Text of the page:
Over the last 5 weeks, each week one of the chefs from the Park House has come up and spent 3 or 4 days at the Harrow, so they’ve been indoctrinated into the Harrow’s ethos, which is a different style to a lot of places. We work in a very quiet kitchen, very controlled, everyone’s hands on. My head chef’s been with me since he was 17, that’s 14 years now, he started as a pot wash, my commis chef’s been with me 2 years since he was 16, the previous commis spent 4 years here and she left when she was 19, so the kitchen team stay here until they’re ready to go or take over from me! We’ve done that with the Park House, obviously on a very short basis of just 3 or 4 days up here. This week, the point is to work with the whole team for a whole week, check to see where they are and how much more training we need to do. Jon is a brilliant chef and the whole team are very keen to learn – they’re going to go a long way. They would have gone a long way without me, but they just need that push really, to know how far away they are from getting to the level that we need. You never know how good you are until you see what the level is, and I just guide them – but the improvement I’ve seen already is immense. It’s not because they weren’t good enough, they just needed a little push! It’s like a rugby player – intensifying the training.

When I spoke to Jon he said that one of his biggest learnings from you had been about the produce – and that if you get the right quality produce, you really don’t need to mess around with the food. How do you balance this with still being innovative, particularly with ‘molecular’ cooking being so popular at the moment?

With the molecular stuff, unless you’re Heston who does it perfectly, or somewhere like El Bulli, you’ve got to be so careful – if you’ve been watching the Great British Menu recently, you can see how people get tripped up.  If you’re not absolutely qualified to do it you’re going to make yourself look like a complete fool, and I don’t think personally that molecular food will be around for much longer. It certainly will for the big boys like Heston – I think it’s absolutely incredible when he does it, but the Michelin guide are very much against it. You see these guys that work for Heston for 6 months and then they’re rushing to open their own similar place, and it just doesn’t work. The whole point is we’ve got to get back to real food, real quality, eating what it says – it says turbot, you want to taste the best turbot flavour, you want to get that perfect taste you get from just grilling a piece of turbot. Or cooking a lobster straight from West Wales. There’s nothing better than that. You can’t beat it. I think people need to be a bit wary. A few years ago it was foams with everything – that’s gone now, thank god! These things come and go. Good quality food will always be there. One of the issues we have in Wales is there are so many mums and grannies who cook brilliant food in Wales, and that’s why you don’t have so many great restaurants. I was brought up in West Wales, where you catch your own fish, you went cockling or to get your lobsters or whatever it was. A lot of people are a bit self-sufficient in Wales, they don’t feel they need to go out to restaurants – that’s probably the biggest battle we have in Wales, there are too many good home cooks.

What’s your personal favourite dish on the new menu at the Park House?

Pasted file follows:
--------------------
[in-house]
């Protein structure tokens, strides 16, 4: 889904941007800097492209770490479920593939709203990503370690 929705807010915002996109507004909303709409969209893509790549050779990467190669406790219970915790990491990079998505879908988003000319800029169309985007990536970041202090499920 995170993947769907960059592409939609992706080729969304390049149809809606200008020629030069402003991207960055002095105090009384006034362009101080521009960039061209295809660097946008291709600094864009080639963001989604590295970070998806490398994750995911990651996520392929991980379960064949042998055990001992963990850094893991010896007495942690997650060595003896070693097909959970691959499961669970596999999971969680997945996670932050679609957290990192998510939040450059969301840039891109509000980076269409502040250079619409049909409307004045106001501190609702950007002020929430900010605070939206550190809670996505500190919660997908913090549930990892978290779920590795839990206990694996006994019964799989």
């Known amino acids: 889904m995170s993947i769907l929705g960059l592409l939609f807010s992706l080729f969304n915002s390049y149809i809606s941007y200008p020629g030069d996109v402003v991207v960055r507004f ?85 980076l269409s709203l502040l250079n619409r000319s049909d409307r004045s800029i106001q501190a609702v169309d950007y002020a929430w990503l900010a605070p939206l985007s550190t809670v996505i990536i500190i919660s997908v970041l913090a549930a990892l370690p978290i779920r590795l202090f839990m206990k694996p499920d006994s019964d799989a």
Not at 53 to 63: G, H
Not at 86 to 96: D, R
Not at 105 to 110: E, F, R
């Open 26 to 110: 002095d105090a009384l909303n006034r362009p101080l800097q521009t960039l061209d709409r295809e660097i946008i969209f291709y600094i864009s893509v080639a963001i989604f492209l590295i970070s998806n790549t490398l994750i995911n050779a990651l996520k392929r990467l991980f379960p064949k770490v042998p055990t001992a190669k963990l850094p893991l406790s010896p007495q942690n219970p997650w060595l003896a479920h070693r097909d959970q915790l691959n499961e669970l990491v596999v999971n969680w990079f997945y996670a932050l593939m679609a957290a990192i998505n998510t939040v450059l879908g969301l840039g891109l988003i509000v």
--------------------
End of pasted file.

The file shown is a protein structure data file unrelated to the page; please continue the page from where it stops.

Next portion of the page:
The lobster fish finger! We’ve got to get each dish perfected before we can say “this is it!”, because you only need to have one customer come in and say it wasn’t quite right, and that’s it, we’ve lost it, so we will get each dish perfected before we fly the flag – and once it’s perfected it will have my signature next to it, so although I won’t be here, it will be as good as you’d have it if I was here.

You clearly like a challenge – you’ve done some amazing charity challenges including a world record attempt. What’s your next challenge, food related or otherwise, going to be?

I’ve got so many charity things happening in the next 2 months which are all more to do with food, I’ve got Ty Hafan at the Park, which is July 16th, three Welsh Michelin star chefs coming to the Park House to raise £10,000 for Ty Hafan, so there’s me, Hywel Jones from Lucknam Park, Richard Davies from the Manor House, they’re all Welsh, all have Michelin stars and all have restaurants or hotels in Wiltshire. We’re all coming down to Cardiff, and then there’s a few other charity events going on, including  lunch at Ty Hafan this Wednesday lunchtime, where I’ll cook for all of the staff and helpers– it gives them a bit of a respite from what they do and a bit of a treat, but I’m not doing anything stupid at the moment – like running the London Marathon tied to 49 others! We did have a plan of doing cooking while going round doing the marathon, but we weren’t allowed to have heated things, so we’ll have to think about a different thing for the marathon next year. I was also made Vice Chairman of The Master Chefs of Great Britain last year so this takes me into colleges and schools and gets me involved in numerous other challenges.

You said you think there’s room for a Michelin star in Cardiff – is that a real ambition for the Park House in the longer term?

There’s no harm in aiming for something, and we will try hard and do our best. There are steps to getting there, and there are other steps on the way, for example we’ll go into the AA rosette scheme. We’ll just take care of everything else, but it’s not going to happen overnight. I’m not just there as a flash in the pan for one week, we’re working to a two year plan and I’m looking at a two year minimum to get a level where we can fight for a star – that’s how long it takes. It’s not just for one day, when the inspectors come in. It’s when you come in, when Aunty Joan comes in for a once in a lifetime afternoon tea at the Park House. That has to be the standard – to give everyone that experience, and it’s not just about Michelin stars, it’s about getting the quality. Michelin is just a tag really, but we want to show them that we want to give something of exceptional quality.

With thanks to Roger for his time, and for being a charming and fascinating person to interview! I am looking forward to sampling some of his great dishes at the Park House and will be blogging about them later this week.

One response to “An interview with Michelin star chef, Roger Jones, Consultant Chef at the Park House, Cardiff

  1. Pingback: The bar has been raised – Launch night at Park House, Cardiff « Love to Dine·